The University of Maine’s Collaboration with the Naloxone Distribution Initiative Tackles Maine’s Opioid Epidemic through Harm Reduction
he opioid epidemic, an ongoing crisis in the U.S. since the 1990s, witnessed a surge in synthetic opioid use in 2013, according to the Centers for Disease Control (CDC). Maine, like many states, is severely affected by the crisis, with nearly 4,600 opioid overdose deaths recorded from 2010 to 2022, according to Maine’s Opioid Response Strategic Action Plan. The Maine Naloxone Distribution Initiative (MNDI), overseen by the Maine Office of Behavioral Health in collaboration with the University of Maine (UMaine), is led by project director and UMaine graduate student Alexander Rezk, and aims to combat the opioid crisis, primarily driven by illicit fentanyl, by increasing naloxone accessibility in Maine.
Governor Mills’ 2019 Executive Order #2 launched the initiative to combat the opioid epidemic and enhance naloxone access. UMaine’s collaboration with MNDI supports the initiative’s growth and leverages UMaine researchers’ findings on naloxone distribution. UMaine researchers have identified that the current policy literature on naloxone saturation does not adequately address the needs of rural communities in Maine. They are developing a custom saturation assessment methodology for rural states to better align distribution efforts with community needs. Additionally, UMaine has partnered with state agencies to establish qualitative engagement spaces, including the State’s first Harm Reduction Learning Collaborative and public-facing reports on drug data in Maine, available on the Maine Drug Data Hub.
The MNDI adopts a multidisciplinary distribution approach that covers various stakeholders, including harm reduction agencies, public health organizations, and medical institutions. This comprehensive approach to stakeholder engagement ensures that naloxone reaches individuals at all levels of need. The initiative uses a tiered distribution network of four primary (or Tier 1) distributors to reach Maine’s diverse communities. Tier 1 distributors include:
- Portland Public Health (supporting Southern Maine).
- Bangor Public Health (supporting Northern and Downeast Maine).
- MaineGeneral Medical Center (supporting Central and Midcoast Maine).
- Maine Access Points (supporting statewide access through peer distribution).
Each Tier 1 partner obtains and distributes naloxone to respective networks of recipients called Tier 2 organizations or individuals. Tier 2 recipients include both redistributors (organizations supporting the flow of MNDI resources into the community) and “have-it-on-handers” (organizations or individuals seeking naloxone for preventative use). This tiered approach ensures comprehensive distribution across the State.
The MNDI has seen remarkable growth since its inception. Rezk highlighted the exponential increase in Tier 2 organizations, which grew from 52 organizations in 2019 to over 480 by 2023, more than an 800% increase over five years. The initiative’s success is further demonstrated by the significant number of naloxone doses distributed, over 384,532 to date, with over 7,173 voluntarily reported overdose reversals facilitated by the naloxone provided by the program.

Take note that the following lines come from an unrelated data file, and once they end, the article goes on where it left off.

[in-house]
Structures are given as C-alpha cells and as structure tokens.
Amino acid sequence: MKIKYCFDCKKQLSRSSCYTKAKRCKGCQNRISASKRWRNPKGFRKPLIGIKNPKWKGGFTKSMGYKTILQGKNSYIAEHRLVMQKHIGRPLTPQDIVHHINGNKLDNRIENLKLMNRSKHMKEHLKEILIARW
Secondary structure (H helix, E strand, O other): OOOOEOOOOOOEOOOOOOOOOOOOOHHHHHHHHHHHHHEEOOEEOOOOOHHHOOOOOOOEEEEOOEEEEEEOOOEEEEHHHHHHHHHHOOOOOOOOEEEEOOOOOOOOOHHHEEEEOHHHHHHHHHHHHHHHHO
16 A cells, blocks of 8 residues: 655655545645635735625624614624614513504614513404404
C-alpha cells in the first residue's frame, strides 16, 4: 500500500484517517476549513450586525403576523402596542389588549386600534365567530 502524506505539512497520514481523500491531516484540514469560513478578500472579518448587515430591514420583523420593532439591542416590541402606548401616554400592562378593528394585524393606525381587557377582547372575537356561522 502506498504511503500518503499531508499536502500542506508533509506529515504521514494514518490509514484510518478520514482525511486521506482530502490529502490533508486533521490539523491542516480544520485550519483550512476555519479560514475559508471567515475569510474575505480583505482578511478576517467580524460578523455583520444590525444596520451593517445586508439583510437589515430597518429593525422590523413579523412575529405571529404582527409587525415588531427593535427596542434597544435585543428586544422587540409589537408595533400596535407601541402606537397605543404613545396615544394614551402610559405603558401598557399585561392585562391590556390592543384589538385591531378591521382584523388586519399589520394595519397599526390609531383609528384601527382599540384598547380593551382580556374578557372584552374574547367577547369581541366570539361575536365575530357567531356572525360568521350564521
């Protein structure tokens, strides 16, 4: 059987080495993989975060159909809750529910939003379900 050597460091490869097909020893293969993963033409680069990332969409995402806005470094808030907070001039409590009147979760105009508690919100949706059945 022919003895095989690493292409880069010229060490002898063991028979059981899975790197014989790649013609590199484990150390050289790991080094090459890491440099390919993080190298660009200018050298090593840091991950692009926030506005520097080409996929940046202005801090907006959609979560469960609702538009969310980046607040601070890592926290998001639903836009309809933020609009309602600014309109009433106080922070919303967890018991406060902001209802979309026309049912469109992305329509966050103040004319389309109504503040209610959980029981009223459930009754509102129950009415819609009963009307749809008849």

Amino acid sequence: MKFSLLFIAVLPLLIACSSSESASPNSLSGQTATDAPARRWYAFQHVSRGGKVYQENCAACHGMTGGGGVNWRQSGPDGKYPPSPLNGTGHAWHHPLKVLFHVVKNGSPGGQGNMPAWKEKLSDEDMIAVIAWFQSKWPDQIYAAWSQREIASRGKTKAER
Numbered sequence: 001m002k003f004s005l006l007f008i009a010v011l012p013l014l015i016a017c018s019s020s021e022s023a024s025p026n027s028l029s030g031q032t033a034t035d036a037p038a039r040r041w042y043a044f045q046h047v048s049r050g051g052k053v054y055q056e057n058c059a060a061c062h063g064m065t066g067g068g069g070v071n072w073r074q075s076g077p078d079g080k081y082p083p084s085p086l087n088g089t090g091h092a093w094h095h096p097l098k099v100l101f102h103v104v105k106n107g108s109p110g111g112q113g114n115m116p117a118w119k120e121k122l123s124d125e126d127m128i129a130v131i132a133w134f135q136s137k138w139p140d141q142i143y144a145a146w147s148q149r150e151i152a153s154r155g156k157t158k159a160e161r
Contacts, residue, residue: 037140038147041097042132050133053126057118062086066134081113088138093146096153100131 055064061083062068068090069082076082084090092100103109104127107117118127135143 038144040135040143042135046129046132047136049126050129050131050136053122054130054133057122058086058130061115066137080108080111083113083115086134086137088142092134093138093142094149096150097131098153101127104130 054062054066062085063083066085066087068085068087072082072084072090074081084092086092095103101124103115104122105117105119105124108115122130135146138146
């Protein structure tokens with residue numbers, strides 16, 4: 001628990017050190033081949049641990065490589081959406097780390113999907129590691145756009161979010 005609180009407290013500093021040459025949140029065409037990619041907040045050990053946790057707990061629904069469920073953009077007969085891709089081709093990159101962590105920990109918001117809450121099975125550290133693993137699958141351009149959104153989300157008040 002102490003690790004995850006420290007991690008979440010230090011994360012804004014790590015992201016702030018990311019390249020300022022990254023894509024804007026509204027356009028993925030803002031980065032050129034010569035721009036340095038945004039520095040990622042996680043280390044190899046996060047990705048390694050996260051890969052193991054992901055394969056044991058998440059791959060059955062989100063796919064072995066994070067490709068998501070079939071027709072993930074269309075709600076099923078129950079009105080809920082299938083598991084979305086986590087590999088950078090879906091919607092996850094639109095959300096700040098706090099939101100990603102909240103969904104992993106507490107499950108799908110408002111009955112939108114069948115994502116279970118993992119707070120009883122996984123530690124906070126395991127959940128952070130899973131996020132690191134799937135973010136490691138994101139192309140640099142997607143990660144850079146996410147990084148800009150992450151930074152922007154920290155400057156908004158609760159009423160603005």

While the initiative’s growth is encouraging, it has encountered challenges and barriers many stemming from the COVID-19 pandemic. Rezk remarked, “Watching the public health crisis of the opioid epidemic intertwine with the public health crisis of the COVID-19 pandemic challenged our efforts significantly.” The emergency rules related to the COVID-19 pandemic also had implications for harm-reduction activities, affecting the exchange of needles and other harm-reduction practices, such as the organization’s ability to meet needs within the community during times of quarantine.
Representing the Overdose Education and Naloxone Distribution (OEND) program, the MDNI emphasizes education and training, recognizing that naloxone can be a life-saving reversal agent of drug overdoses when used correctly. In addition to targeted training available from Tier 1 distributors, the initiative offers a range of resources and education, including the GetMaineNaloxone.org website and the ODME mobile response app, which provide training materials and guidance on naloxone administration. Rezk noted a cultural shift in the stigma surrounding drug use and harm reduction practices as the initiative has grown. “As we’ve persisted in this work, those interested in how they can fold overdose awareness and response into their normative first aid accommodations have increased, representing the shift in culture and awareness towards a harm-reduction approach.”
Harm reduction is at the core of the initiative. Rezk stated, “It centers the dignity of people who use drugs (PWUD), ensuring their equitable access to vital health resources.” The MNDI thus serves as a cornerstone for harm reduction initiatives in Maine and a model for those interested in adopting similar principles to address the needs of those affected by the opioid epidemic at a national scale. The program demonstrates the importance of fluid, collaborative, and community-driven harm-reduction efforts by actively involving a diverse group of stakeholders and the research community, and staying adaptable in response to changing drug landscapes.
Whether you need assistance or want to learn more about how you can obtain naloxone, please visit GetMaineNaloxone.org. For additional questions or information about the initiative, please get in touch with Alexander Rezk (firstname.lastname@example.org).
Written by Karalyn Kutzer